The 551st MP Company started a two-week training program in October to teach and certify the division soldiers on skills they would need for access control operations. Donaldson said after the first two weeks of training, the soldiers received on-the-job training working beside MPs at the gates, along with advanced scenarios based training at gates 2 and 5. In November, the division soldiers took over the bulk of the ACP mission and started to excel.

"That's what I was most impressed by was their ability to adapt, to bring disciplined initiative and apply (it) to the ACP operation, and they succeeded,” said Donaldson. “They succeeded way beyond my standards and the standards of those above me.”

Clark, a native of Fulton, Ill., said the training process taught him everything he needed to perform his new duties.

Clark went on to say that he just follows the procedure he learned from training and approaches every car the same. He starts by looking at the driver. Then he looks at the car trying to see if he notices anything out of place on the car's exterior. Then he checks to see if he can see anything in visible in the car that shouldn't be there.

Sgt. Andre Garrett, a light wheel mechanic from Troop E, 2nd Squadron, 17th Cavalry Regiment, 101st Combat Aviation Brigade, 101st Airborne Division, and one of the gate guards said that the gate guard must show everybody respect. However, he said that staying focused is how soldiers will succeed in the mission. He said he stays focused by pushing everything else to the side except for the people coming through the gates.

“I make sure that all the people coming on post is primary,” said Garret, a native of Talladega, Ala. “... you just got to be focused on what you got to do and what's your goals.”

The goal is to inspect every car the same, whether it's the first car on their shift or the last one, and not to get distracted or complacent.

Donaldson added, “That's how we achieve security at the perimeter of the installation; Is through those disciplined diligent checks and service that our soldiers provide.”

Garrett and Clark said they both enjoyed working at the gates.

"One thing that really makes the night for me is when I see the little kids will come up and the parents will roll down the window and the kid will like salute me or wave at me,” said Clark. “That makes my day.”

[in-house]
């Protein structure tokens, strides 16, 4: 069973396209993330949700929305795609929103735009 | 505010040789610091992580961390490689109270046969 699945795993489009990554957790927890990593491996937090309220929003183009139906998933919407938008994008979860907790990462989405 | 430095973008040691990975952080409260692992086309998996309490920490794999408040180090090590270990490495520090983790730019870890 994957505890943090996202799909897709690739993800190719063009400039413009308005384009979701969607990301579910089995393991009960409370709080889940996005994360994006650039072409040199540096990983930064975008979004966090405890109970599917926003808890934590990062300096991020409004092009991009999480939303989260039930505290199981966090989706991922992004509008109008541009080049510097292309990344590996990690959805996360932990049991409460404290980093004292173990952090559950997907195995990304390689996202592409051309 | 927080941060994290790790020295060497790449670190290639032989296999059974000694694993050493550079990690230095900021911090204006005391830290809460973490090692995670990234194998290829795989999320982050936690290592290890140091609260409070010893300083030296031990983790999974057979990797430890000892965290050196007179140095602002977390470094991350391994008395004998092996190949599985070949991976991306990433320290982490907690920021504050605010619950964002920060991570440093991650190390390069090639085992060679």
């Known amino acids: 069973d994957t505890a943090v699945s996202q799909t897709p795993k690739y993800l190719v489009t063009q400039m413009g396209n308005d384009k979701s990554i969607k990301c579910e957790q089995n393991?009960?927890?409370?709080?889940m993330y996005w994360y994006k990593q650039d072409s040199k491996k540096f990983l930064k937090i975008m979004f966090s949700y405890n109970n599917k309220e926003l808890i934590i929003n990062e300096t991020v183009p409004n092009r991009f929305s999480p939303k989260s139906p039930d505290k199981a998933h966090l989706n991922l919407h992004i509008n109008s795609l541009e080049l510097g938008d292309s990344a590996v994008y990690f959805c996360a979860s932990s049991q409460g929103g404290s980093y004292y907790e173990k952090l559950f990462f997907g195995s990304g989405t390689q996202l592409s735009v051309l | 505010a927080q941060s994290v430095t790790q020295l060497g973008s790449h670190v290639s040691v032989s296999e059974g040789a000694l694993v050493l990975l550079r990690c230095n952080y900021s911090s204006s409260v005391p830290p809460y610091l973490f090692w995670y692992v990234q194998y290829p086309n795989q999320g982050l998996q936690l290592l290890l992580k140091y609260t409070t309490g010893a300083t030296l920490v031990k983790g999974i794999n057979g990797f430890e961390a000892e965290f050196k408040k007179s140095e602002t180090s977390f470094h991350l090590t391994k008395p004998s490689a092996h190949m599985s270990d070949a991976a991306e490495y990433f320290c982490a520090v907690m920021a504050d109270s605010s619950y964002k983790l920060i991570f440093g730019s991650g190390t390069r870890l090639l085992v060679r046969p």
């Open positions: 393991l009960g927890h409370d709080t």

The division soldiers have not only taken over as ACP but many of the noncommissioned officers serve as sergeants of the guards and help manage these soldiers. They provide backup and oversight.

Since the division soldiers have helped the MPs, the 551st MP Company is ensuring it takes care of these soldiers.

“Going forward our future operations is we're focusing on how do we make these soldiers better, Air Assault being one of our top goals,” said Donaldson. “We want to prepare them in their down time and then send them and give them the opportunity to earn their Air Assault wings.”

He said the company's goal is to make sure that the 72 soldiers assigned to the 551st MP Company have the same stats for schools, awards, and other metrics as all of the other soldiers in the company.

Garrett and Clark both said they felt like the all of the soldiers have bonded.

“All of the different brigades and the actual MPs, and we all work together,” said Garrett.

He said they share their experiences and always help each other out. He summed up the way the MPs have treated him since the detail began with one word – great.

The soldiers individual efforts along with the team work has allowed the mission to succeed and because of its success a different group of soldiers will join with the MPs in spring for the start of a new six month ACP mission.

“I'm actually really glad I got picked for this,” said Clark. “I would like to stay on if I could.”

By U.S. Army Sgt. Leejay Lockhart
Provided through DVIDS
Copyright 2014